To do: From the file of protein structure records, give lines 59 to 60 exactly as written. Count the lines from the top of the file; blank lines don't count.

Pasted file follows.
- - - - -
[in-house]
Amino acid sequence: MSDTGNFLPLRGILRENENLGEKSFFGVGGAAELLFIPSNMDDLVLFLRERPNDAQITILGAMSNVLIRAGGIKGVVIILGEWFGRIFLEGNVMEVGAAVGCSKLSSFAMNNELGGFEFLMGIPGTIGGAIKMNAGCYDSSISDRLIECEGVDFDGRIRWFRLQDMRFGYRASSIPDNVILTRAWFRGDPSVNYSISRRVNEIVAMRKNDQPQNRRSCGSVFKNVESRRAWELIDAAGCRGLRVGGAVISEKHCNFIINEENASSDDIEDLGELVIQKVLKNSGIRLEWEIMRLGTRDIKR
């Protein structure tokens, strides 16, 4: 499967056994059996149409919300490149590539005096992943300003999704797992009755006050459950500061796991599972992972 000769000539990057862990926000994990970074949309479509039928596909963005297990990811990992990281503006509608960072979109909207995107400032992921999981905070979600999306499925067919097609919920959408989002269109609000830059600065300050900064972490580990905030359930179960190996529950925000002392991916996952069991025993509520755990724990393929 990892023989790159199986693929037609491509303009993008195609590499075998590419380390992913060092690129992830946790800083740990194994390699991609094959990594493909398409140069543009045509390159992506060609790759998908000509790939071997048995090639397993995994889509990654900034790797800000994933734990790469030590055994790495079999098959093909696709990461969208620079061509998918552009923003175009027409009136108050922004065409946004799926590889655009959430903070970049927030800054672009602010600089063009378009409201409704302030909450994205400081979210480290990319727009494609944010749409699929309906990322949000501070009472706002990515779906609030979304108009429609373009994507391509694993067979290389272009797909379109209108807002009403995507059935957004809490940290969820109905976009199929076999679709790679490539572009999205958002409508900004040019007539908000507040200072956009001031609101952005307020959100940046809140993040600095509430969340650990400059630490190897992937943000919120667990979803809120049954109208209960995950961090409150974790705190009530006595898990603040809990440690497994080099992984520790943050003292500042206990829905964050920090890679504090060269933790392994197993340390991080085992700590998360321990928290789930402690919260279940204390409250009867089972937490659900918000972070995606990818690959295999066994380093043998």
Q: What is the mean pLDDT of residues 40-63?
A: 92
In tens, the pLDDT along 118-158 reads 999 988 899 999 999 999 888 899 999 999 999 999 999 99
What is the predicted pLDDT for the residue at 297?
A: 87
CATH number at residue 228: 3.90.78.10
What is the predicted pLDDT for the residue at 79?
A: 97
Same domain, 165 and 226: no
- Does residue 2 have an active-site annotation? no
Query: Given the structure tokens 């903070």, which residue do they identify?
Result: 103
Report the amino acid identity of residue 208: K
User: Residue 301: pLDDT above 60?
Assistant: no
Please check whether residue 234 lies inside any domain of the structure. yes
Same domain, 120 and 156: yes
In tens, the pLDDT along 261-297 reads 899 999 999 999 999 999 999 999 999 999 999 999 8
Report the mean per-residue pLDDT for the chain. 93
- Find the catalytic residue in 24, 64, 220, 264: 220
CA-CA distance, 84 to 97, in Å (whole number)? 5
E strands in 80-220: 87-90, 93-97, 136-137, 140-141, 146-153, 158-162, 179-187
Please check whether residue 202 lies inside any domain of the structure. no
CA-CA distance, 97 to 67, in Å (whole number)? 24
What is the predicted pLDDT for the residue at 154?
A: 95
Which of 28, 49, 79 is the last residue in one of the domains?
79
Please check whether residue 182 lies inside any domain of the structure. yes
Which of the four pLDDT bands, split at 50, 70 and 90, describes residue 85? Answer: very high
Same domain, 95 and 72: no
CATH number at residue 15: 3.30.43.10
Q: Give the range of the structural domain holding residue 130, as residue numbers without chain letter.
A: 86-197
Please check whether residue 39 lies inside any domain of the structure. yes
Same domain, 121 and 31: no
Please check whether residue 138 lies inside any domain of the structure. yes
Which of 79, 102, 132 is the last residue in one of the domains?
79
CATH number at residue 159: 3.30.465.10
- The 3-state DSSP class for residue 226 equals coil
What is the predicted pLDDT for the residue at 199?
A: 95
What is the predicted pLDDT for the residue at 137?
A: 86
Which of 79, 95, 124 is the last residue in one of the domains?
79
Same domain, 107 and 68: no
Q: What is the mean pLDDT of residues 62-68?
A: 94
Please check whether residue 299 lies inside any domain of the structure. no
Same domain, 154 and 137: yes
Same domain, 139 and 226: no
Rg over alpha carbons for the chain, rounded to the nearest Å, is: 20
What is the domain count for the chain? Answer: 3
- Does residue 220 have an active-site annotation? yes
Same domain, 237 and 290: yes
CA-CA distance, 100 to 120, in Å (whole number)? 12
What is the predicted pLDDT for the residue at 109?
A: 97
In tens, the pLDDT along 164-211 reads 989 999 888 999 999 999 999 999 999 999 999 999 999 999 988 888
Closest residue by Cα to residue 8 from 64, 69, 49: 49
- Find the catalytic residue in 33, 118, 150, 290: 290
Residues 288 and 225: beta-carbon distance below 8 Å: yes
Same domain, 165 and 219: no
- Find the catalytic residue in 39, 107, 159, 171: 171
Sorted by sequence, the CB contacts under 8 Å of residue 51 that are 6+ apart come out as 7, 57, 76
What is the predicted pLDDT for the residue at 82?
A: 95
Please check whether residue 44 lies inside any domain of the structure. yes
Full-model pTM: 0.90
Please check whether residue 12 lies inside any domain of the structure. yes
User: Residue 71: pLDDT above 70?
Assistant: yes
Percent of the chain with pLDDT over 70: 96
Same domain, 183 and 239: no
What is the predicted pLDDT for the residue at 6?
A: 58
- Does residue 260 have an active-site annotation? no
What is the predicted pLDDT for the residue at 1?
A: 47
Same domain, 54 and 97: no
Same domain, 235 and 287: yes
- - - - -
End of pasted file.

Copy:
- Does residue 220 have an active-site annotation? yes
Same domain, 237 and 290: yes